You must write during dinner as you eat a flank steak, doused with vegetable oil, rinsed with soy sauce, dappled by red wine vinegar, squeezed with lemon juice, perfected with Dijon mustard, minced with two cloves of garlic, and ground with black pepper. It will also be grilled to a superb medium-rare. Like cooking a steak, writing takes time, and there will be failures, but the only way you'll learn from your failures is through experience. When you wake up, the morning light, blue and suffused with clouds, will envelop you in a trance as you continue to perfect your craft. It will feel like hammered nails into your flesh; your flesh will remain bruised and want to fall off the bone, like a tenderloin, but you cannot give in or give up; others will catch up with you.
You must tend to your writing like you would tend to a garden. You want constant nutrition, burning sunlight, and endless endorphins rushing through you like a serene calm. But a thunderstorm will strike your garden, damaging everything in its wake. You will fall to your knees, clinging to your writing as the storm tears it apart. It roasts every plant and calls out to you, screaming at the top of its lungs that your garden needs better work. The storm will insult you at every turn; its shoulders will coil around every rock you use for protection, as your life is delicately tethered. The bitter aftertaste of nectar lingers on your tongue; your hands cannot stop shaking seeing your work destroyed for all to see, even the mighty publishers. The tattered garden will make them laugh.
Your eyes will be full of plaster colors, and your glassy tears will cascade downwards, gushing forth like a dampened waterfall. You will reach harmful procrastination levels and wonder where it all went wrong in your life ...
Samantha understood this truth and learned to garden from watching others work their craft. She read up on their gardening techniques to better prepare for the storm and gain much-needed expertise and experience. Writing is a process that needs time to grow and nurture. It will not come in one week, as you turn out hundreds of pages. It happens when enough love and care is put into it. Thus, writing is not at all like movies. With the right hope, you can handle the hurricane that will come your way. However, you need experience in dealing with hurricanes. Just do not expect the world to be so easy-going regarding writing. Do not bury an unwritten story inside you!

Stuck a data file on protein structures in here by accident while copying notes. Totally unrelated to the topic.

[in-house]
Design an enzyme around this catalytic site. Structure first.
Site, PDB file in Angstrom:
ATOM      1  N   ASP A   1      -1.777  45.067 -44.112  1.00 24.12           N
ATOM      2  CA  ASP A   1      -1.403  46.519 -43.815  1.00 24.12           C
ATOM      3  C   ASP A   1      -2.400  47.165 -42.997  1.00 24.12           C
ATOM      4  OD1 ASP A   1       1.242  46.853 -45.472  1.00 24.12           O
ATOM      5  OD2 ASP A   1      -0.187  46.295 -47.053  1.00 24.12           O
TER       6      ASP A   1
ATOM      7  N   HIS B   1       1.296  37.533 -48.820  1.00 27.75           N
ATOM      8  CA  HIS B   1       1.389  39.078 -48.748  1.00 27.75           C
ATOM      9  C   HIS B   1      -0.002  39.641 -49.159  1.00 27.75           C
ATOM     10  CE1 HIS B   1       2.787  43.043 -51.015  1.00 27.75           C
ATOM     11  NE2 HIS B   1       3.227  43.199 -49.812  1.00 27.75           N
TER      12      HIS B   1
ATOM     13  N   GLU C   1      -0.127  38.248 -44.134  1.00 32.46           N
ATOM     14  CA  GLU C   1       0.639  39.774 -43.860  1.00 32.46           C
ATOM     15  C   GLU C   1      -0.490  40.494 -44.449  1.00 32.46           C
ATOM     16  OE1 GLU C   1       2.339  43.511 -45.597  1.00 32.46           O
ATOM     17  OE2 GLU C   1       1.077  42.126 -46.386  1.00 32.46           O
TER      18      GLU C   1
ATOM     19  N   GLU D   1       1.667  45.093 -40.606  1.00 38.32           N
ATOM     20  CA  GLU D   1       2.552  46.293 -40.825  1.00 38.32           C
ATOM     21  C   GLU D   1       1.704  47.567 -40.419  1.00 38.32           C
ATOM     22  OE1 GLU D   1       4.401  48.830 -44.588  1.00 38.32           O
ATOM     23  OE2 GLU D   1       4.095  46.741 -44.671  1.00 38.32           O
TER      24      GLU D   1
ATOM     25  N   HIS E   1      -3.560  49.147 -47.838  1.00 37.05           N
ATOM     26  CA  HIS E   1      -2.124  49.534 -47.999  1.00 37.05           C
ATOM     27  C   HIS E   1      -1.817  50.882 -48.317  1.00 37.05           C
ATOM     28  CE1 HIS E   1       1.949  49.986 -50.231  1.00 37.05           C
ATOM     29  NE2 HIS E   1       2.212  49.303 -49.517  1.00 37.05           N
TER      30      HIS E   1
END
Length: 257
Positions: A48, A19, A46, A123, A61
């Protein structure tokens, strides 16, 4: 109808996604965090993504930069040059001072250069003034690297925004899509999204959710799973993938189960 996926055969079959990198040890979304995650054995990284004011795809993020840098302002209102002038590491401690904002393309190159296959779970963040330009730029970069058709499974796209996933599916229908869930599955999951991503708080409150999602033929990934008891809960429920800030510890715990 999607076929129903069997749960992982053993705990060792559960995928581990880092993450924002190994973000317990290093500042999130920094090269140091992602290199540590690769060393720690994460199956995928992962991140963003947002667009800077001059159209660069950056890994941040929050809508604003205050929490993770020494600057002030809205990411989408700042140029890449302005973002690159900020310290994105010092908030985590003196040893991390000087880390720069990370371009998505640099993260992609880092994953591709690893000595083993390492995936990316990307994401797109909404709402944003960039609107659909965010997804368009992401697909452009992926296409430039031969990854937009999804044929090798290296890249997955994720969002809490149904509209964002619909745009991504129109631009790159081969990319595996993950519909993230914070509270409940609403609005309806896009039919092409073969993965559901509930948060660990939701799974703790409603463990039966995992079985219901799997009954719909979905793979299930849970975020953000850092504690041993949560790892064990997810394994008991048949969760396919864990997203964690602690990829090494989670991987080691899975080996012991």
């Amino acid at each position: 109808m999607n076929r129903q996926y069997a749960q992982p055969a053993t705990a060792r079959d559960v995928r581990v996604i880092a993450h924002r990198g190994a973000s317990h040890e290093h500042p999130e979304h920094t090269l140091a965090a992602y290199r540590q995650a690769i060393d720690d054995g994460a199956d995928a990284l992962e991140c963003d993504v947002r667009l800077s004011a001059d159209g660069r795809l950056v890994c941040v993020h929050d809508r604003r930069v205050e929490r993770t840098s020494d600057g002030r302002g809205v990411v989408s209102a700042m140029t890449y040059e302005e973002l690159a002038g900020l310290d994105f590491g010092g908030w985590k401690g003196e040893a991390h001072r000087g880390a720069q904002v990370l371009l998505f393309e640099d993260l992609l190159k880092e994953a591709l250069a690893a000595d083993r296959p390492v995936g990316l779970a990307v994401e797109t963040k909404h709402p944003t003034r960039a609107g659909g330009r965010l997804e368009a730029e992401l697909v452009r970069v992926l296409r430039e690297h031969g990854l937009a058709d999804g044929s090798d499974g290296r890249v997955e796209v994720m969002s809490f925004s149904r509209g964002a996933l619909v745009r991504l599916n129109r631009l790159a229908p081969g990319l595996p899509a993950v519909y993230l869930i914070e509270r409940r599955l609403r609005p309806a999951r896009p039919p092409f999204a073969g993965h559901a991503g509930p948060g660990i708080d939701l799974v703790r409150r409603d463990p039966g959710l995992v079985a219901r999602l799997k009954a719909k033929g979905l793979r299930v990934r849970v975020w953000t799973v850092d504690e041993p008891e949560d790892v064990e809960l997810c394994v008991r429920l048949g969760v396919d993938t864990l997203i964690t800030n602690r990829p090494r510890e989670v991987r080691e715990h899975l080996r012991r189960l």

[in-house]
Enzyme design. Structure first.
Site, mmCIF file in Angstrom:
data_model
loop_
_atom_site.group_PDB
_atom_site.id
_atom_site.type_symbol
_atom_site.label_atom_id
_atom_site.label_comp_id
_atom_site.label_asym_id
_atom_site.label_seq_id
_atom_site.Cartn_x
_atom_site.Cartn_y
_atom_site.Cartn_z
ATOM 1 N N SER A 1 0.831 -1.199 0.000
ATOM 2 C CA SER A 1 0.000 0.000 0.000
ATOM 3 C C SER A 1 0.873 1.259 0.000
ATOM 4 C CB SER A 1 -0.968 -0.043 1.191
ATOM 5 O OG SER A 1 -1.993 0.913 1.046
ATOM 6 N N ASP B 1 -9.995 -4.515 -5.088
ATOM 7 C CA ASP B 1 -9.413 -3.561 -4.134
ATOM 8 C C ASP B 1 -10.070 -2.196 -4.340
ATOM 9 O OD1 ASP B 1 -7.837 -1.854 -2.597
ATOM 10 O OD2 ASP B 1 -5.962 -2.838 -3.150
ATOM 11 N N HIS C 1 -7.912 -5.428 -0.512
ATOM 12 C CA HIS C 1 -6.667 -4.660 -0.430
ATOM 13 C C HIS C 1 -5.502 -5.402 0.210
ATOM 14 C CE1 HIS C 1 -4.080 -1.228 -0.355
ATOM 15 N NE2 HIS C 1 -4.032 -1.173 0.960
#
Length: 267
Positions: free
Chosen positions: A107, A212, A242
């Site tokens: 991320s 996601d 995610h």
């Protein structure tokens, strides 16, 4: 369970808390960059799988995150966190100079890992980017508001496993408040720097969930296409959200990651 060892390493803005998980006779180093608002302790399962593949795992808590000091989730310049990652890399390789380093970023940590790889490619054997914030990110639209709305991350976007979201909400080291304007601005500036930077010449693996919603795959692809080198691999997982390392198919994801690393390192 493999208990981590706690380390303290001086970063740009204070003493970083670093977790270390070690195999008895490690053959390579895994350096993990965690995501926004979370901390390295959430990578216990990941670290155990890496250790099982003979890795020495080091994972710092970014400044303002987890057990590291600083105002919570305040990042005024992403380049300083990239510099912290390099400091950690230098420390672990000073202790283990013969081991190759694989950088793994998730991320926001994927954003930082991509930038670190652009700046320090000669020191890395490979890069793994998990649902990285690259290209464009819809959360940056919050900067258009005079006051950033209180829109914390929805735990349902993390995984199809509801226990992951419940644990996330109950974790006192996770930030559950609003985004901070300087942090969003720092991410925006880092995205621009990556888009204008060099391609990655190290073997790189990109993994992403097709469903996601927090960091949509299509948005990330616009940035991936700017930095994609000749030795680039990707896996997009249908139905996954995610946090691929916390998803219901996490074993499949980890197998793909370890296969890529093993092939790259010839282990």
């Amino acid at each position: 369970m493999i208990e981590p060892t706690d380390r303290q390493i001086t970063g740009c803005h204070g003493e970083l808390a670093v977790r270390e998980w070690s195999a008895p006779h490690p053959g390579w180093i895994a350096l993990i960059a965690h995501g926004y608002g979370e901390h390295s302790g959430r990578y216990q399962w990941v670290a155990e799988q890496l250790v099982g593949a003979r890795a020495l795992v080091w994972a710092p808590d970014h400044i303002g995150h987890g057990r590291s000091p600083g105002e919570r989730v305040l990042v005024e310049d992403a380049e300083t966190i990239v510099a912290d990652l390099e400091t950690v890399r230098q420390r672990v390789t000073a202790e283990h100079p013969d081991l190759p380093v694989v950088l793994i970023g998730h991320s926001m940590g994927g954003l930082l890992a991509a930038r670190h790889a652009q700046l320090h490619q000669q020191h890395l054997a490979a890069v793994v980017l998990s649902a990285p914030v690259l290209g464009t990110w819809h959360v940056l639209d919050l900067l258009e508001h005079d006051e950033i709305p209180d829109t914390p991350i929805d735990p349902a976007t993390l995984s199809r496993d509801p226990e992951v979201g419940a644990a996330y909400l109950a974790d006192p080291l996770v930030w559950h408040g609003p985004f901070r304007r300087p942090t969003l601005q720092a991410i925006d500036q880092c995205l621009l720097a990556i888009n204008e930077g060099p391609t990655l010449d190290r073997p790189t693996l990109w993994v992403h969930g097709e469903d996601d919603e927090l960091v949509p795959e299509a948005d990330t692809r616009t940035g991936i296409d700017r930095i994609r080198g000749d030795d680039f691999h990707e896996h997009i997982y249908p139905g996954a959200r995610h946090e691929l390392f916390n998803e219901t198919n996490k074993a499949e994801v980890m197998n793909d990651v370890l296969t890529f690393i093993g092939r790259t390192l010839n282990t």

Millions of diligent workers are fighting for the same position as you, to get their dreams published, and for others to see them on a golden stage.
Your heart will hammer in your ear like an ironworker's mallet as you carve a bold destiny with glistening steel! Today, you have the power to craft new writing.
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This is sooo amazing! I feel it's so relatable and I understand completely the struggle of what it means to write. I'm still struggling with it on a regular basis. So this feels like such a nice and pleasant experience. Thank you for this story.
I enjoyed the literal ups and downs in this piece, feeling lost on a massive wave, crashing to the earth, thinking I'm doing something wrong when a phrase just won't come to mind. Thanks for sharing, and welcome to my strange little world as well.
Thank you so much for the comment ;D
This was a lovely tribute to writers and a great storytelling of what it’s like to be a struggling author. I loved the endless metaphors, I think my favorites were the breakfast, lunch, and dinner, paragraphs where the food came into play. It was original and unique but flowed really well! Nice job
Thank you so much!